Collins eventually spun off his cleanup response service, Casper’s Environmental LLC, from his company. “We decided to make a capital investment into the environmental business. We needed training, so I contacted Perry Beaty.”

Employee Training
Tow operator-turned-trainer Beaty runs the Denver, N.C.-based Hazmat Responder Network (hazmatrn.com), which offers HRNT-1001, a 40-hour program for towing and recovery professionals who want to learn how to mitigate and clean up incidents involving hazardous materials. Course topics include regulatory requirements, hazard identification and spill control, documentation, scene safety and incident command and management. The course fulfills the OSHA Hazardous Waste Operations and Emergency Response (HAZWOPER) training requirement.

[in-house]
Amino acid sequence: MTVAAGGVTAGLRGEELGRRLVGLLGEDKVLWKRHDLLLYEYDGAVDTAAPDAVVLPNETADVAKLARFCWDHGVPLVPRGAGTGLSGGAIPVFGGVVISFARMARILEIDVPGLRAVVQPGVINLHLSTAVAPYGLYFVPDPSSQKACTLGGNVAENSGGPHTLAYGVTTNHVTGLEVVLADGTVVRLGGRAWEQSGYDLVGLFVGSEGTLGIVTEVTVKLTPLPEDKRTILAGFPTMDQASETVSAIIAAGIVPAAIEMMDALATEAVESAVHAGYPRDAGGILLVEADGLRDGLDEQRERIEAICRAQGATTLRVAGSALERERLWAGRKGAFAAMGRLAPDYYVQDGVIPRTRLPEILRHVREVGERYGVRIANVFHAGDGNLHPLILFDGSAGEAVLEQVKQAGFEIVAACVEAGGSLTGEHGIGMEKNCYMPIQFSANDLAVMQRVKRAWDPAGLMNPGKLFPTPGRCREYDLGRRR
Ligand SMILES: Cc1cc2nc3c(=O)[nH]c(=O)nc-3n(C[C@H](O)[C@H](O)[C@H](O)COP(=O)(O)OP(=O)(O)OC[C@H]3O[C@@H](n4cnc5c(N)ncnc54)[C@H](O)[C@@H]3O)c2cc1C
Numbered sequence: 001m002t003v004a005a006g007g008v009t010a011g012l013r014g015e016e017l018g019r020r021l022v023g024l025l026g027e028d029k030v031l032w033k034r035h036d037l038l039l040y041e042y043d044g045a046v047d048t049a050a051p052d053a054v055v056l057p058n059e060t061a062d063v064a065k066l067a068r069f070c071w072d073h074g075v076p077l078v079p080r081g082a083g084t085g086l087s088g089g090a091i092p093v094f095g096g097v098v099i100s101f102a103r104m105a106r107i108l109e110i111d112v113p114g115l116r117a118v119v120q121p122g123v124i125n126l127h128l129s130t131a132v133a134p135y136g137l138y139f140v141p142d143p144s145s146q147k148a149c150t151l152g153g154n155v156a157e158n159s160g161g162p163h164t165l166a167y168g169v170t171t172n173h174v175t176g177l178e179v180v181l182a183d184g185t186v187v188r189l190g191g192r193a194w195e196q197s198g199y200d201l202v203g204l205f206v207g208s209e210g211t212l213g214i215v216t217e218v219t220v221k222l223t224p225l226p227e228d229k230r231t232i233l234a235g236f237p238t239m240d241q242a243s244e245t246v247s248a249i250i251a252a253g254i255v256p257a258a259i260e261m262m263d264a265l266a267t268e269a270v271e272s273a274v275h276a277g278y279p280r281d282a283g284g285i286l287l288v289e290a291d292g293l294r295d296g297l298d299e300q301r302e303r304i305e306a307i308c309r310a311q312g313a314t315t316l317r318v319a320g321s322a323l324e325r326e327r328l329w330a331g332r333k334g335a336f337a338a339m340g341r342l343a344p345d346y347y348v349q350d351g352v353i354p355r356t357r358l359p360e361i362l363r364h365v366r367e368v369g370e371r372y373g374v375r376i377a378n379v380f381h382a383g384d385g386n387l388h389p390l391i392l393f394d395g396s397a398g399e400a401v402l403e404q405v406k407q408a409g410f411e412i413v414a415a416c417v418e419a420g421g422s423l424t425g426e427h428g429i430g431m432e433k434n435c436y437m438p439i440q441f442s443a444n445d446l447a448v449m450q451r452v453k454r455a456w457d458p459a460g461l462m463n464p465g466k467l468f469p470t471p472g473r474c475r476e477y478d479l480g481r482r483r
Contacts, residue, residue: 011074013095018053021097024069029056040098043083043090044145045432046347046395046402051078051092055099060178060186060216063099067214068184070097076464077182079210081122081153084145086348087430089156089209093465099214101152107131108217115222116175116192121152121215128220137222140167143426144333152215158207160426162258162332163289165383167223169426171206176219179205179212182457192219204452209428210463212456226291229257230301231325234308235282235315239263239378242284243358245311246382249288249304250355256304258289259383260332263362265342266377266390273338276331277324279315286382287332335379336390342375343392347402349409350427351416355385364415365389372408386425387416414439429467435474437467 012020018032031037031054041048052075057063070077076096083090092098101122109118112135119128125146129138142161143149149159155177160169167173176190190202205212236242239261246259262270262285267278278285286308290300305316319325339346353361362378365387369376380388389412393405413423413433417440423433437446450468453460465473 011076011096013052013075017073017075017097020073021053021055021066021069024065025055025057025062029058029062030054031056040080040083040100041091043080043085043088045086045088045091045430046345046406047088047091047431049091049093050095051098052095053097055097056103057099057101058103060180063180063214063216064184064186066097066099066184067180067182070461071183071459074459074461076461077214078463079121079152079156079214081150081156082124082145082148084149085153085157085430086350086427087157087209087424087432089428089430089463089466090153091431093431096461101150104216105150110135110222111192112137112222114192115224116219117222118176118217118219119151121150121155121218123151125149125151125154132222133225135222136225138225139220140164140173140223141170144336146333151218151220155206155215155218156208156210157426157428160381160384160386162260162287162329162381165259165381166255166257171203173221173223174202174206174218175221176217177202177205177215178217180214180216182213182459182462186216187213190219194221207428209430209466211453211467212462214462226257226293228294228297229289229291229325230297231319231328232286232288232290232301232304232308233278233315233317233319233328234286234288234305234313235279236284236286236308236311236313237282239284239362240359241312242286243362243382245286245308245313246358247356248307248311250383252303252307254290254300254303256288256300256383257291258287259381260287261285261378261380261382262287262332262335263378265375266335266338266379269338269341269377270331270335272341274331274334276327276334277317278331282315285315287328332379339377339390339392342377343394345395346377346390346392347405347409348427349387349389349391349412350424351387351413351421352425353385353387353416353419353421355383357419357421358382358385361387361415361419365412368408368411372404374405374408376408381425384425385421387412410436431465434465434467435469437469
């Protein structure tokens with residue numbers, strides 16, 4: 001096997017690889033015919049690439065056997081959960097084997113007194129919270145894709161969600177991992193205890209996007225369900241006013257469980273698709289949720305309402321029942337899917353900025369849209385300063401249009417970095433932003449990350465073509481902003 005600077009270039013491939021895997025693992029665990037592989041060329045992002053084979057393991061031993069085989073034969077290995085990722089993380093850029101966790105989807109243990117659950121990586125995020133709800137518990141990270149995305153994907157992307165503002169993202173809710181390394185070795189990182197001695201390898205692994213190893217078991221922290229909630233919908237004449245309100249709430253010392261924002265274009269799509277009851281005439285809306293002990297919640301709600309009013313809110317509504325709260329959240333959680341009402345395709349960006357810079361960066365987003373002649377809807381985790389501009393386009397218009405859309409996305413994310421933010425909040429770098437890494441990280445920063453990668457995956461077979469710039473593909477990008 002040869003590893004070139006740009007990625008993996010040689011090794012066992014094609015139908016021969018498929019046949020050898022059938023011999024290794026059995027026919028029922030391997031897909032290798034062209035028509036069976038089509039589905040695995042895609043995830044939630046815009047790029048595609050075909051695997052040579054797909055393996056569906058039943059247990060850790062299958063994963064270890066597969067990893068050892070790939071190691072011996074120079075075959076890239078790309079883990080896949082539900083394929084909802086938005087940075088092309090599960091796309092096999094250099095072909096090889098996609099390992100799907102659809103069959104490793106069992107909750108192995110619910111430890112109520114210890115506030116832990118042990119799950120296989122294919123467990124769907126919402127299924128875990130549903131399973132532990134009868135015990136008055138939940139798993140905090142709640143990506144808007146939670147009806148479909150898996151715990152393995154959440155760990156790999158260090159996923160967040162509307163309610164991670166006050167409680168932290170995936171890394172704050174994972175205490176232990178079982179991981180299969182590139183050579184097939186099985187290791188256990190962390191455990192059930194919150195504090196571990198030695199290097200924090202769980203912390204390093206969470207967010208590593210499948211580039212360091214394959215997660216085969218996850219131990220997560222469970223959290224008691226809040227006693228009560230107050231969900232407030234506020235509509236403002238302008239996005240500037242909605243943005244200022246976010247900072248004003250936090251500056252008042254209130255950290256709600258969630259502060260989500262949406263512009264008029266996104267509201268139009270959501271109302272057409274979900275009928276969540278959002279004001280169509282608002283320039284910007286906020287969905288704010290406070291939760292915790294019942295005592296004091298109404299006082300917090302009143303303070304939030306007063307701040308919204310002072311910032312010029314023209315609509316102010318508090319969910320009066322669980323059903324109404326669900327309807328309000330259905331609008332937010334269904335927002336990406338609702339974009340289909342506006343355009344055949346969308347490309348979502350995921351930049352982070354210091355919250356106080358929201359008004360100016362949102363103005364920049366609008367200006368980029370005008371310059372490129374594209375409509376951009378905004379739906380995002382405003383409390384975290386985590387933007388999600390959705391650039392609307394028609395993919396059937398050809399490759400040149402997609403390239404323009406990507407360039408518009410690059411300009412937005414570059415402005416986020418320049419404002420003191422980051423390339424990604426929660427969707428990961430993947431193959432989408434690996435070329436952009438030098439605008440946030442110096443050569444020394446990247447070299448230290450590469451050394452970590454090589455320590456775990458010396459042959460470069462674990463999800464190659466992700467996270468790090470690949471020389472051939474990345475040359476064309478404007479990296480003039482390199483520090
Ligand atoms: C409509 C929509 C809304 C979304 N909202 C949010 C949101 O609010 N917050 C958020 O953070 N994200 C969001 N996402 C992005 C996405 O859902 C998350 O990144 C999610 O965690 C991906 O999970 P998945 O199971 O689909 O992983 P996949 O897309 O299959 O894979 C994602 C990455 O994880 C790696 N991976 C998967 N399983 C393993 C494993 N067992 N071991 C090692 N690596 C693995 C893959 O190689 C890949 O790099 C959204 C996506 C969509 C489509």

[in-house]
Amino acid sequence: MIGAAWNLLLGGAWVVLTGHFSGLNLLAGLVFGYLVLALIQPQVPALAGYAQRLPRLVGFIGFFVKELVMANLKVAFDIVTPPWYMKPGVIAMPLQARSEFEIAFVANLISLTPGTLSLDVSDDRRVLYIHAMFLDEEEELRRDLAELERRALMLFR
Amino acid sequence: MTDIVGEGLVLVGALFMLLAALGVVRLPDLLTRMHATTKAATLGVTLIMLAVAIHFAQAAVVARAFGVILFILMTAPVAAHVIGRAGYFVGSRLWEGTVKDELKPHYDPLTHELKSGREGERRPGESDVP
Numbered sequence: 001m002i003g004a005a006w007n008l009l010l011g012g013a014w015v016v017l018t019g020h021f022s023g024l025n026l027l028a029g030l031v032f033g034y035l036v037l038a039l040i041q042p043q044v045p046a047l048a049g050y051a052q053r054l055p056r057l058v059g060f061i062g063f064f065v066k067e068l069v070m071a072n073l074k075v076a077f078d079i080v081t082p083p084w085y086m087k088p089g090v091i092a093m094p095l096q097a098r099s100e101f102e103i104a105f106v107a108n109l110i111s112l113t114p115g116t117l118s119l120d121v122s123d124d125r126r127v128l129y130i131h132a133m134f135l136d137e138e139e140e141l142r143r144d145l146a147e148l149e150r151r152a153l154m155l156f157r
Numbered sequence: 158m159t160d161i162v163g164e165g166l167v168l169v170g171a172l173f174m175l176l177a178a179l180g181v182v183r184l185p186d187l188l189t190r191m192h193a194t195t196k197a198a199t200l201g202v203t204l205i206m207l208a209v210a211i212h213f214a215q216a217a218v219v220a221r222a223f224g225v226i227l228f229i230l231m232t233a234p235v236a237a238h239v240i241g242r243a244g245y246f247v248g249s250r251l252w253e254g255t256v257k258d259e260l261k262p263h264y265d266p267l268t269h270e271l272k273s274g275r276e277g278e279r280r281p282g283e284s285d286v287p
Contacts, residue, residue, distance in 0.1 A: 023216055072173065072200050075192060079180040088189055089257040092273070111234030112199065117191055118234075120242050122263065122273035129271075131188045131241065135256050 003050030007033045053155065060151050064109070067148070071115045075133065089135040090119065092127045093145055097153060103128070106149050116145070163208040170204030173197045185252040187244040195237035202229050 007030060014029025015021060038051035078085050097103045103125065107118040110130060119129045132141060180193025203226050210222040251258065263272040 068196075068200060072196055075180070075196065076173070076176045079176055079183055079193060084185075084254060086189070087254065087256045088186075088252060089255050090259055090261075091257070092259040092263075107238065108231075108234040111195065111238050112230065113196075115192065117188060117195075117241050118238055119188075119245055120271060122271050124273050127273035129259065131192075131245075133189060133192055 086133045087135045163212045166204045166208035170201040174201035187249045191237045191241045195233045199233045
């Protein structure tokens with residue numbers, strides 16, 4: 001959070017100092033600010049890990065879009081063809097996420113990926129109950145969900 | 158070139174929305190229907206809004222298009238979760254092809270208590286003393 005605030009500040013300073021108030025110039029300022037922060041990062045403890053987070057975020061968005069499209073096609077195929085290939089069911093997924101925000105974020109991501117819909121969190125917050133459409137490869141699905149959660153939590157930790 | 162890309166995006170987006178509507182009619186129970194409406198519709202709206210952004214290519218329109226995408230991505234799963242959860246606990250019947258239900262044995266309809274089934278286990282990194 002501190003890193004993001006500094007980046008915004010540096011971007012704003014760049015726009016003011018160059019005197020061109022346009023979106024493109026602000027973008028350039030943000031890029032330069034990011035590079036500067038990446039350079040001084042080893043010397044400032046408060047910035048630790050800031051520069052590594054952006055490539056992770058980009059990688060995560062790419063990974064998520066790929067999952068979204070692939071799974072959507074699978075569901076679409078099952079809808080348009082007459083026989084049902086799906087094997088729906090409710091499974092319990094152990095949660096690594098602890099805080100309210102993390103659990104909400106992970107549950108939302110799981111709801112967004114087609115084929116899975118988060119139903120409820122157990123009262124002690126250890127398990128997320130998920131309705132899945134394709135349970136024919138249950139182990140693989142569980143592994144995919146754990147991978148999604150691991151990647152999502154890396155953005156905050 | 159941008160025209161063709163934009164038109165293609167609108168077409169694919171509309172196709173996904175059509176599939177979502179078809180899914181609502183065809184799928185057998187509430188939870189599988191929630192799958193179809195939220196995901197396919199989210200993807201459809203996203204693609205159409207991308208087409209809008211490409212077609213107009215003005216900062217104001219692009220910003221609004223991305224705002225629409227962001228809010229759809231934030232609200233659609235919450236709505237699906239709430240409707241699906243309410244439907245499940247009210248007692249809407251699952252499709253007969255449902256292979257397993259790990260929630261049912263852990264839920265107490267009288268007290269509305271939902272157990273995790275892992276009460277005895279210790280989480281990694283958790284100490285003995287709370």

“We trained everyone in the company to respond to hazardous containment-type spills,” said Collins. Some employees prefer to drive tow trucks and perform basic hazardous material cleanup, but most are dual-trained in performing basic and advanced cleanup services. Beaty’s HRNT-1001 course, which was conducted in-house at Casper’s, began on a Thursday night and ran all day Friday through Sunday. Training included classroom instruction and on-the-job training, with refresher classes in the future.

Mike and Lainie Phillips of All American Towing & Recovery originally sent their supervisors and senior employees through training, and gradually expanded that part of their business until it was large enough to spin off into its own company, North Texas Spill Response. Today, all employees at North Texas Spill Response receive the 40-hour HAZWOPER equivalent course through the Hazmat Responder Network along with incident commander training and annual refresher training.